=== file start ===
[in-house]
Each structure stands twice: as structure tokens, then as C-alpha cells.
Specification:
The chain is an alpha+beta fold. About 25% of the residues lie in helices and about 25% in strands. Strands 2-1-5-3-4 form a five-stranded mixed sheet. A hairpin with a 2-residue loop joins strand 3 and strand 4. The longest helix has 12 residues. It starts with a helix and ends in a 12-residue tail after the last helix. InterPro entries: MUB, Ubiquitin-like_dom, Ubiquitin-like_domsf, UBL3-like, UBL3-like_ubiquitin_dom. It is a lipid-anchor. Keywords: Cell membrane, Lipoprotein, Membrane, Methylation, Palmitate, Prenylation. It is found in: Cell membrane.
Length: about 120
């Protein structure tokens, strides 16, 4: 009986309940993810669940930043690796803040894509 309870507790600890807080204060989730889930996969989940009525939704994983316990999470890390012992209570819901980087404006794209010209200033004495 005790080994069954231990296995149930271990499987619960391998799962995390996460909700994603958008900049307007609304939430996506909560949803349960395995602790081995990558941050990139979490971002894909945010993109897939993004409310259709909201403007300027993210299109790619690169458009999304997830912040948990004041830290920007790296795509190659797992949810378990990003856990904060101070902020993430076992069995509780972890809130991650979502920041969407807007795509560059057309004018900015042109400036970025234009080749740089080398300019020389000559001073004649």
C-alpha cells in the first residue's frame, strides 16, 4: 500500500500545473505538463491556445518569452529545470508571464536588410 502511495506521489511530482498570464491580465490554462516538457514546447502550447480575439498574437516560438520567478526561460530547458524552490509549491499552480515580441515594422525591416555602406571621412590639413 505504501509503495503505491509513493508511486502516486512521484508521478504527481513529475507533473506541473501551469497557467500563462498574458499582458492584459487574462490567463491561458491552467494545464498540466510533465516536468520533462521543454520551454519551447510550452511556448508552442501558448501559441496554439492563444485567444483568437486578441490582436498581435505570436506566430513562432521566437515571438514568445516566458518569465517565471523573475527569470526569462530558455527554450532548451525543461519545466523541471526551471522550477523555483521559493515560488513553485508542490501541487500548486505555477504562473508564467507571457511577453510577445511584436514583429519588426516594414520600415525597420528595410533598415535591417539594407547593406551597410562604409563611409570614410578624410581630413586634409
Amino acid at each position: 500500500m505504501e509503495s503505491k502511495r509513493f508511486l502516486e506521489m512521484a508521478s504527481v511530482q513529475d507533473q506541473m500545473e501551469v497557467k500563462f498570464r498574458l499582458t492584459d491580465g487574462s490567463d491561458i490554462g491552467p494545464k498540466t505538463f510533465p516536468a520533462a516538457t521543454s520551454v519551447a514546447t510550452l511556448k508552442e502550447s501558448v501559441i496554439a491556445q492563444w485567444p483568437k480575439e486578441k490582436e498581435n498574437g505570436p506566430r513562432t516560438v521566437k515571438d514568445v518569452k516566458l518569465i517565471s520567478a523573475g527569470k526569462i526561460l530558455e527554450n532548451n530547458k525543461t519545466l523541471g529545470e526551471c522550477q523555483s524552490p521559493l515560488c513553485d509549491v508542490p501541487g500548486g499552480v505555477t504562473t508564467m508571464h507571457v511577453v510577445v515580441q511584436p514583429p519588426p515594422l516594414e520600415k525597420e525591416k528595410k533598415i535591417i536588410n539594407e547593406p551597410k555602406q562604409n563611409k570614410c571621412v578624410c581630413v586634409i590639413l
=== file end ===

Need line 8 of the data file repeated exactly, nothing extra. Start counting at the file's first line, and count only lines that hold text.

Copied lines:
Amino acid at each position: 500500500m505504501e509503495s503505491k502511495r509513493f508511486l502516486e506521489m512521484a508521478s504527481v511530482q513529475d507533473q506541473m500545473e501551469v497557467k500563462f498570464r498574458l499582458t492584459d491580465g487574462s490567463d491561458i490554462g491552467p494545464k498540466t505538463f510533465p516536468a520533462a516538457t521543454s520551454v519551447a514546447t510550452l511556448k508552442e502550447s501558448v501559441i496554439a491556445q492563444w485567444p483568437k480575439e486578441k490582436e498581435n498574437g505570436p506566430r513562432t516560438v521566437k515571438d514568445v518569452k516566458l518569465i517565471s520567478a523573475g527569470k526569462i526561460l530558455e527554450n532548451n530547458k525543461t519545466l523541471g529545470e526551471c522550477q523555483s524552490p521559493l515560488c513553485d509549491v508542490p501541487g500548486g499552480v505555477t504562473t508564467m508571464h507571457v511577453v510577445v515580441q511584436p514583429p519588426p515594422l516594414e520600415k525597420e525591416k528595410k533598415i535591417i536588410n539594407e547593406p551597410k555602406q562604409n563611409k570614410c571621412v578624410c581630413v586634409i590639413l